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Dance Hall (1929)

5.2
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Ratings: 5.2/10 from 49 users  
Reviews: 8 user

A dance trophy winning young couple is temporarily split up when a playboy aviator leads the girl to believe he's in love with her.

Director:

(as Melville Brown)

Writers:

(story) (as Vina Delmar) , (screenplay), 1 more credit »
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Title: Dance Hall (1929)

Dance Hall (1929) on IMDb 5.2/10

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Cast

Cast overview:
...
Gracie Nolan
Arthur Lake ...
Tommy Flynn
Margaret Seddon ...
Mrs. Flynn
Ralph Emerson ...
Ted Smith
Joseph Cawthorn ...
Bremmer
Helen Kaiser ...
Bee
...
Ernie
Tom O'Brien ...
Truckdriver
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Storyline

A dance trophy winning young couple is temporarily split up when a playboy aviator leads the girl to believe he's in love with her.

Plot Summary | Add Synopsis

Plot Keywords:

melodrama | See All (1) »

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Details

Country:

Language:

Release Date:

14 December 1929 (USA)  »

Also Known As:

Os Malucos do Jazz  »

Company Credits

Production Co:

 »
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Technical Specs

Sound Mix:

(RCA Photophone System)

Aspect Ratio:

1.20 : 1
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Did You Know?

Trivia

The soundtrack is dubbed on to an already finished film. The actors' voices say the words but are just a little off, sometimes speaking too fast or slow (sometimes in the same scene), to perfectly match their onscreen selves' mouth movements. Sound effects also can be similarly affected. It's obviously a talkie, and is definitely not a case of an out of synch track. It's a re-do. A very strange and apparently unique happenstance. See more »

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User Reviews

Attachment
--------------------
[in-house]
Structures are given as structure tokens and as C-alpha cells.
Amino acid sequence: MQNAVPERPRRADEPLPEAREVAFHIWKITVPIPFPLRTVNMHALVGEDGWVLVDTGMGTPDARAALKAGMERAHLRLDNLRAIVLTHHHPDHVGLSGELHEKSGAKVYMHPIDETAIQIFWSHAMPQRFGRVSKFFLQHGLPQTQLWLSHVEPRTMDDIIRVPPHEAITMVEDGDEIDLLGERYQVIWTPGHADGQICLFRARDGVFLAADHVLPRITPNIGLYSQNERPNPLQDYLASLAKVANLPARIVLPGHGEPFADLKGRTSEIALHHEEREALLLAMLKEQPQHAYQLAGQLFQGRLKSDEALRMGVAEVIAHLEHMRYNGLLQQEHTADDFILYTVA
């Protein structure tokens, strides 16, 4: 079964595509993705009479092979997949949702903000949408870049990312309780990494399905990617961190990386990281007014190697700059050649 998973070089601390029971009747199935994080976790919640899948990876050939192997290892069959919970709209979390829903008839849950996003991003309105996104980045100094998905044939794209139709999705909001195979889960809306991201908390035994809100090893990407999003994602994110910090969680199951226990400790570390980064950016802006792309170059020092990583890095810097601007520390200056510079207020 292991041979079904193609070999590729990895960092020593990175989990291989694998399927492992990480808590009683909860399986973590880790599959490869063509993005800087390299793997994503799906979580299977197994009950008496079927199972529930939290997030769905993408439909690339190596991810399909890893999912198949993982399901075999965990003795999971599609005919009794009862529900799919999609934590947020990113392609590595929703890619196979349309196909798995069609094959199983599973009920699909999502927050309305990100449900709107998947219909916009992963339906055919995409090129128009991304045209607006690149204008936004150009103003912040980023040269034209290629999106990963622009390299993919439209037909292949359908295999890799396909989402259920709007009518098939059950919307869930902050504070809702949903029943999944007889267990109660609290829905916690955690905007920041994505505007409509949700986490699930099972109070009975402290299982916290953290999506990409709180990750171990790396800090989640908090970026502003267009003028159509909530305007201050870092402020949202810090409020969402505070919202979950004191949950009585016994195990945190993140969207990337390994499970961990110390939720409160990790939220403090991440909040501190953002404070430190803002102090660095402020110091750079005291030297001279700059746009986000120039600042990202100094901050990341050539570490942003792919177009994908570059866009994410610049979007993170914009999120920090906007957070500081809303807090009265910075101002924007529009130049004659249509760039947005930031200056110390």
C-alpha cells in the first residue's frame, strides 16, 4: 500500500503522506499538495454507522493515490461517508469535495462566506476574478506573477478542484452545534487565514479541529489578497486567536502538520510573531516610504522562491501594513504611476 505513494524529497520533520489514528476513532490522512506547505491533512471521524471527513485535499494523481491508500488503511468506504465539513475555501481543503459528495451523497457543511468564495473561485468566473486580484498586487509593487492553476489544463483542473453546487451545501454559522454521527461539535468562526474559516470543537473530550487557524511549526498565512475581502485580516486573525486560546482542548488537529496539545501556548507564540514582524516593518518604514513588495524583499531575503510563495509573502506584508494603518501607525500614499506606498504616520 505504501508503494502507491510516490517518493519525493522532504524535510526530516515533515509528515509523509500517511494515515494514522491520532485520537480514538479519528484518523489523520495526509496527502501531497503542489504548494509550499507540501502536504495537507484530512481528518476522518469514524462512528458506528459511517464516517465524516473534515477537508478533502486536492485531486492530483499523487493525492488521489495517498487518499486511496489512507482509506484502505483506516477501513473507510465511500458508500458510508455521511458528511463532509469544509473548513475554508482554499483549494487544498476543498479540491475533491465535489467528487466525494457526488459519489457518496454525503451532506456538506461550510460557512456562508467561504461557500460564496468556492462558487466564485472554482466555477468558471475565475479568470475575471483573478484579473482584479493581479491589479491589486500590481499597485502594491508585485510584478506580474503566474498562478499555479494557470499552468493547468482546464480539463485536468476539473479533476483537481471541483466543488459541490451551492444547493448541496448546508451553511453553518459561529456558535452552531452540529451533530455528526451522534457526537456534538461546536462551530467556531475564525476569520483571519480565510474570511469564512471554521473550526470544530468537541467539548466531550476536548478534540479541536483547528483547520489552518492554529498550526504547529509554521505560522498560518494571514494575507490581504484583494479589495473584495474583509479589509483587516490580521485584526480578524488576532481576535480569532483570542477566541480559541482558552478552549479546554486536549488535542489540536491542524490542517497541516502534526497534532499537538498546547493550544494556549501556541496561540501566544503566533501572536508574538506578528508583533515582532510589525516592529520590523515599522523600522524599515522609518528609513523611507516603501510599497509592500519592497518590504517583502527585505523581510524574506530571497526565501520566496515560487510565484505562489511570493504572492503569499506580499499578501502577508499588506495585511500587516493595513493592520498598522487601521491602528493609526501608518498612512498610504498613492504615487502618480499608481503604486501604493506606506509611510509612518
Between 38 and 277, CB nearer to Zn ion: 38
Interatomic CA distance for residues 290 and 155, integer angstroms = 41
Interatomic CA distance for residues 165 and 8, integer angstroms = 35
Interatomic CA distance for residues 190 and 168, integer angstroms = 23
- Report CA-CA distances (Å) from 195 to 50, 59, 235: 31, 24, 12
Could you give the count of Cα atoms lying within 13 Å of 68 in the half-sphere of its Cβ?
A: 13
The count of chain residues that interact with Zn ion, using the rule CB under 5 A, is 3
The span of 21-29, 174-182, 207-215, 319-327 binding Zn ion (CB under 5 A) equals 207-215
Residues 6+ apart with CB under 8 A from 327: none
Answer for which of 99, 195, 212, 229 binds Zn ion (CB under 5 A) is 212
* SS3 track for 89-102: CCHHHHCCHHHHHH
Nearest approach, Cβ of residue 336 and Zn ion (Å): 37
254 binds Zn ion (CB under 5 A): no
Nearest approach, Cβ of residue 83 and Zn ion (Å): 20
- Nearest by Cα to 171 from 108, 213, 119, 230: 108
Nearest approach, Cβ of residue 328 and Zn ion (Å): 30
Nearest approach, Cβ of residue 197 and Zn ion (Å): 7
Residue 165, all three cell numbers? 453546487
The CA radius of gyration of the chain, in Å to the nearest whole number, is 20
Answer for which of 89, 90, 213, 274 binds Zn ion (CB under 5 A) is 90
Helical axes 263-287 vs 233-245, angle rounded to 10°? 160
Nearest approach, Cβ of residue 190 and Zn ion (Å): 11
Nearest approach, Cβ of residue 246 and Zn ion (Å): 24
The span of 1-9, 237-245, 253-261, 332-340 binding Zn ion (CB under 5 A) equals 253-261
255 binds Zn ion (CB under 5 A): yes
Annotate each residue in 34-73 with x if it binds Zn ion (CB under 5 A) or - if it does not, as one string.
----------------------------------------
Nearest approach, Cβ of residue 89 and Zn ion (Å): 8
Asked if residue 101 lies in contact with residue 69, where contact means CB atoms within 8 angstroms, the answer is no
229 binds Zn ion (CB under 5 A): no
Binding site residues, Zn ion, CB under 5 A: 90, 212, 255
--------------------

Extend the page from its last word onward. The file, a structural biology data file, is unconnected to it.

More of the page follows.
What a weenie!
3 February 2013 | by (Bradenton, Florida) – See all my reviews

I noticed that the sound was pretty weird in this early talky--I think anyone would since it's so obvious. It was badly out of sync at times and it was kind of funny. It does not appear to be just a silent with sound added, as the film is VERY voice-intensive throughout. It looks like they shot it like a talking picture but either lost the sound track or added one later very haphazardly. BUT, on the positive side, so many of the films from 1927-1929 with sound are practically unintelligible when you try to watch them today--and "Dance Hall" is easier to understand than most. Too often, you can barely hear the actors because the sound technology was so bad--here they are mostly very loud and very clear--mostly. A few of the actors did mumble their lines a bit. And, I still wish they'd captioned this film before showing it on Turner Classic Movies.

Tommy (Arthur Lake) loves to dance and has won a lot of trophies with Gracie (Olive Borden). He loves her but is so tongue-tied he's never told her. When a slick aviator blows into town (Ralph Emerson), the pilot isn't afraid to express his feelings to Gracie and she's soon smitten with him. You almost feel sorry for Tommy, though he is a bit of a weenie and never speaks up about his feelings. And, he's too much of a nice guy to say anything when the pilot confides in him his feelings for Gracie. And, he whines a bit and needed to 'man up' so to speak. So will Tommy ever profess his love for Gracie? And, what will happen to the pilot? Tune in and see.

I actually thought this film wasn't quite as bad as most of the reviewers said. I guess this is because I've seen tons of 1927-1929 films and realize they can be a lot worse than this one! This isn't exactly a glowing review but in context, "Dance Hall" isn't a bad film at all. A good film? Well, not exactly--but a nice little time-passer, definitely.

A few final observations. Arthur Lake is known to old movie fans as Dagwood from the Blondie films--so if you are wondering where you saw him before, this is probably it. Also, the soda fountain routine was a variation on one Laurel & Hardy did a few months earlier in "Men 'O War". I wonder if some others used it before them.


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